Old Hollywood comes alive in the voice of Julie Esposito as she reinterprets a few of the film industry’s lesser-known gems. “I am too young to be old Hollywood,” she says, “but I guess I have always had an old soul.” The songs Esposito features in her 2007 self-produced album, Unsung Hollywood, include the whimsical and the romantic, some from as far back as the 1920s and 1930s. Indeed, an album standout, “Little Jazz Bird,” was written in 1923 and omitted from the 1947 film Lady Be Good. This track in particular embodies the benevolent cabaret-style of Prohibition era speakeasies and jazz clubs with lively horns, deep piano, and Esposito’s slightly sardonic tone.
One of the newest tracks Esposito croons called “What Can You Lose?” comes from Dick Tracy, a 1990 film crafted in the style of a 1930s detective drama.
Beating its way into your heart with its jazzy drums, and grungy guitar and vocals, Stereo Off’s first single “Bullet Time” is just simply awesome. With synth backing, reminding you of the eighties — without being too overused — this song is electric and captivating, much like the common romantic situation that the band explains inspired it: “the song is about lovers— that feeling when you get to an impasse, and instead, you both slow down and are drawn back together.”
Following in the banjo-playing trend, “Westfjords” — the catchy new single from New York indie pop band Stargroves — proves why it is an ever-popular and growing trend; uniquely blending folk, pop, electronic, and fantasy elements, charmingly fun is the only way to describe this new single.
With this being my first experience with Echo Bloom and their music, I am considerably awed by the never-ending beauty and power of the lyrical writing and eclectic arrangement of instrumentals in Blue Shift. An incredible, fun, humbling, emotional performance, Blue Shift illustrates what band-leader, guitarist and song-writer Kyle Evans terms “folk-estral” music. Intoning lyrics rich with biblical allusions– lending the album a subtle, overarching theme of personal spirituality– and backed by a variety of instruments such as the oboe, violin, and banjo, this live performance album is articulately and fantastically arranged, a truly magical experience.
Australian singer-songwriter Tim Fontaine saw a major transition of style and scenery in 2011 when he moved from Melbourne to New York City in committed pursuit of a music-making career. The addition of four other instrumentalists solidified Fontaine’s future as lead singer of Boroko, a project he says is “somewhere between a band and a solo project.”
A little explanation regarding this review- I had initially meant to cover Allison Strong’s new single “One and Only,” but after an amazing conversation with the artist herself, and a few dozen plays of her single, I just needed to hear more of her beautiful, captivating music. Her truthful, relatable lyrics shine with Broadway strength vocals as she is accompanied by a symphonic variety of instruments and styles. Varying between …continue…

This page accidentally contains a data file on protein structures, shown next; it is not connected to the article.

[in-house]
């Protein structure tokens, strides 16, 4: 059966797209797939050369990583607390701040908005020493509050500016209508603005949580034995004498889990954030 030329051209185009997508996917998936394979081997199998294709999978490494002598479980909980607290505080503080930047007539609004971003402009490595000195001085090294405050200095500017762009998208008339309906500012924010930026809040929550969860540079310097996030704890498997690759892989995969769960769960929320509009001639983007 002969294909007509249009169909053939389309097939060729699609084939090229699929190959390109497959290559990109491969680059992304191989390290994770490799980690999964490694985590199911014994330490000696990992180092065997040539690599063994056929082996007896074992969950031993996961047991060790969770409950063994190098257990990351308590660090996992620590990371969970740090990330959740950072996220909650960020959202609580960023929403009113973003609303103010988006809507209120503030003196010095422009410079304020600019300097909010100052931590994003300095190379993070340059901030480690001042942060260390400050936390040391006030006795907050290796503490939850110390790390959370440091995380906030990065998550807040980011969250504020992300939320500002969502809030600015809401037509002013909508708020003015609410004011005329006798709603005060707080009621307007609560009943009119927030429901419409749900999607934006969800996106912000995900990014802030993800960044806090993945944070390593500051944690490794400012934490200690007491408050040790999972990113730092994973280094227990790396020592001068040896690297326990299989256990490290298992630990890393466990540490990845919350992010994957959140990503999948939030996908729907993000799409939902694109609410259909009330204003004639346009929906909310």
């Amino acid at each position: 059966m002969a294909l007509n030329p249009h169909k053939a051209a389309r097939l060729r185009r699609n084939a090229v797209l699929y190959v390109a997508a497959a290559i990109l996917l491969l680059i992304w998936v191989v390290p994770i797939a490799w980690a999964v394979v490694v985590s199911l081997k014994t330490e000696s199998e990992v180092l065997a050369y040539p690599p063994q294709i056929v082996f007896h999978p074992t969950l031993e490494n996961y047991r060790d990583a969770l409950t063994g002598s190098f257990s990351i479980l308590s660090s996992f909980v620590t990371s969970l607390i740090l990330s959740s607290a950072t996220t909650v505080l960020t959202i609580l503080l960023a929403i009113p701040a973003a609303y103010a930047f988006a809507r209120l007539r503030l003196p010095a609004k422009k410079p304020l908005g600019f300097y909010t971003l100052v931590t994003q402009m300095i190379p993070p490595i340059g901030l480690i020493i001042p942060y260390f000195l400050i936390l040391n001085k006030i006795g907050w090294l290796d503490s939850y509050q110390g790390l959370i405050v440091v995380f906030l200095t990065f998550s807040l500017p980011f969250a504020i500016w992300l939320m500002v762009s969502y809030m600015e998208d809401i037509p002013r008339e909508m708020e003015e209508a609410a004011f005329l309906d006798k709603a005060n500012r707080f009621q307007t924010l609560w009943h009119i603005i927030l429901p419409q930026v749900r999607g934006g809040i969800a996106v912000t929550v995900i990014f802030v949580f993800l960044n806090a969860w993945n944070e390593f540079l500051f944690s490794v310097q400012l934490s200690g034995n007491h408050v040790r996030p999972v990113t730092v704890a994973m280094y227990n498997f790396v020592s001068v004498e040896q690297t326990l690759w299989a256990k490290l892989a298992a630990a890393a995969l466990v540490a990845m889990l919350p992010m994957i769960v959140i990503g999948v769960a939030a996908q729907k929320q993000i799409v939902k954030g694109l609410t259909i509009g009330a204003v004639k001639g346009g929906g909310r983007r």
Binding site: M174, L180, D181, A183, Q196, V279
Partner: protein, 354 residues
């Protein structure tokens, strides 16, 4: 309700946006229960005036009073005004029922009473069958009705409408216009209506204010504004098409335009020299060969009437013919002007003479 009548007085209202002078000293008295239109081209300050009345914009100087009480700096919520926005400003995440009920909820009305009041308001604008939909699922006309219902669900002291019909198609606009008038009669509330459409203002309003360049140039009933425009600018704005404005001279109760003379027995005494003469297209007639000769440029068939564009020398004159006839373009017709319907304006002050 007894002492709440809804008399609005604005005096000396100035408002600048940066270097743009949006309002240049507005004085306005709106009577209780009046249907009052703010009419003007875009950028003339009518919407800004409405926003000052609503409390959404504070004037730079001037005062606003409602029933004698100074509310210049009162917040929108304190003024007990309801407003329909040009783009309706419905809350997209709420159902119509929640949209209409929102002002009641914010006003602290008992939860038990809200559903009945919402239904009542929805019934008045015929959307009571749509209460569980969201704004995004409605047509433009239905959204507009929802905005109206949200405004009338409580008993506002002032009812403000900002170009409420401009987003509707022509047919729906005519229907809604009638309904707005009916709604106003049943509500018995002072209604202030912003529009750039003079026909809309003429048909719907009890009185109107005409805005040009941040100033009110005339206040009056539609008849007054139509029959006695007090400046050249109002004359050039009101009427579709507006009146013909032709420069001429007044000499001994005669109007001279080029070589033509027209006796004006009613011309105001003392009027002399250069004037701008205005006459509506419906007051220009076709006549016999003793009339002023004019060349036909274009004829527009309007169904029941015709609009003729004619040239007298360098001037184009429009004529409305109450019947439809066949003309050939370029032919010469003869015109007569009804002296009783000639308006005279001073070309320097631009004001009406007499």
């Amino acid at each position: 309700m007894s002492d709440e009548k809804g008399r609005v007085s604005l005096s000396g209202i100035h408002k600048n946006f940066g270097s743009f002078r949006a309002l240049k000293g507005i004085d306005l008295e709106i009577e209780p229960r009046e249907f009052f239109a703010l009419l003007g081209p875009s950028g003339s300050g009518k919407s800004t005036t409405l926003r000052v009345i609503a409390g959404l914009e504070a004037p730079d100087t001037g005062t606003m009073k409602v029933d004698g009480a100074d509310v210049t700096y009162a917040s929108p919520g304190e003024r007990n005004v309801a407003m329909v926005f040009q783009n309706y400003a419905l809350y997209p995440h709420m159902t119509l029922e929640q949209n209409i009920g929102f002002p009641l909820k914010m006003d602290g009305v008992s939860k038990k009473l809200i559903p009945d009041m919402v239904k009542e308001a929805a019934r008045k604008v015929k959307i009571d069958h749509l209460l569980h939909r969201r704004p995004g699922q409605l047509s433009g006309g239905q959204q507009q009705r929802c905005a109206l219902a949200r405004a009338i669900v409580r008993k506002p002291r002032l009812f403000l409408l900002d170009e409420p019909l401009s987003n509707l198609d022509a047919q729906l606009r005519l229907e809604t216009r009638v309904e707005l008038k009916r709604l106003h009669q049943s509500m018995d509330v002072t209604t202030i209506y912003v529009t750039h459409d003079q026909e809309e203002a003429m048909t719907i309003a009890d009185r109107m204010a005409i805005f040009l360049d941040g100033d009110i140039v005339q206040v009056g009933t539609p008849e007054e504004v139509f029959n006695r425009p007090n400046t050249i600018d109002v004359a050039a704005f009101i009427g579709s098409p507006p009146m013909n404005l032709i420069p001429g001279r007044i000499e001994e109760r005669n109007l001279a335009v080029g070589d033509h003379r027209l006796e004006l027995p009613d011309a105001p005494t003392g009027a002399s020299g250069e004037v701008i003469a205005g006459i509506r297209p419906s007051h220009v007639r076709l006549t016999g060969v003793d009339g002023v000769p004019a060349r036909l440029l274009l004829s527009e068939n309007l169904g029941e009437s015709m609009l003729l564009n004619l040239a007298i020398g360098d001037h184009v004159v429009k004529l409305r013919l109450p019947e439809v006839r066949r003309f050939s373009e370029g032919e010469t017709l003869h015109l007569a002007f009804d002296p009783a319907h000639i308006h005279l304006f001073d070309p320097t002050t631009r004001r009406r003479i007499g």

Self-described piano pop group Jukebox the Ghost recently released a new single, “The Great Unknown,” in preparation for the release of their fourth full-length album this summer. The album name has not yet been announced, but it’s sure to hold all the magic that has catapulted JTB to fame since the release of their debut album “Let Live and Let Ghosts” in 2008. “The Great Unknown” has a cohesive theme …continue…
Sarah McGowan’s “Williamsburg Boy” In her lament about a star-crossed crush on a hip “Williamsburg Boy,” Sarah McGowan shines in this new folk-pop single. With some humorous irony on the cheesiness of love songs- stopping, for example, midway to speak “I would literally fucking die [if he changed his hair]”- this upcoming singer proves that she not only has the talent to write relatable, lovable songs like Taylor Swift or …continue…
Dr. Tom Hansen, retired academic and activist, will appear at Charlottesville’s Quest Bookshop on July 11th at 7PM to perform nine unique songs and spread his philosophy that human beings are “not just physical beings having an occasional spiritual experience.” Hansen’s rich voice, intricate melodies, and softly strummed guitar create a warmth in his music; believers in his spiritual ideas will no doubt take additional feelings of comfort from the lyrics Hansen presents with serene confidence. Each song is comprised of quotes from Hansen’s latest nonfiction work, Remembering Our Oneness, a continuation of his 1995 book Trying to Remember. “I contend that consciousness is the cause of the physical,” he says about his work, comparing it to the ideas of certain masters of quantum physics who use this spiritual idea to justify the existence of the universe.
The most successful and influential pop group of all time, the Beatles landed in America in February 1964. By the time the Sixties came to an end, John Lennon, Paul McCartney, George Harrison and Ringo Starr had taken the world by storm, not only becoming icons of popular culture, but also collectively creating an unprecedented legacy of hit singles and best-selling albums. It’s particularly telling that when Rolling Stone recently chose the top 500 albums of all time, Sgt. Pepper’s Lonely Hearts Club Band was perched at the top, with Revolver, Rubber Soul and The White Album following close behind in the top ten.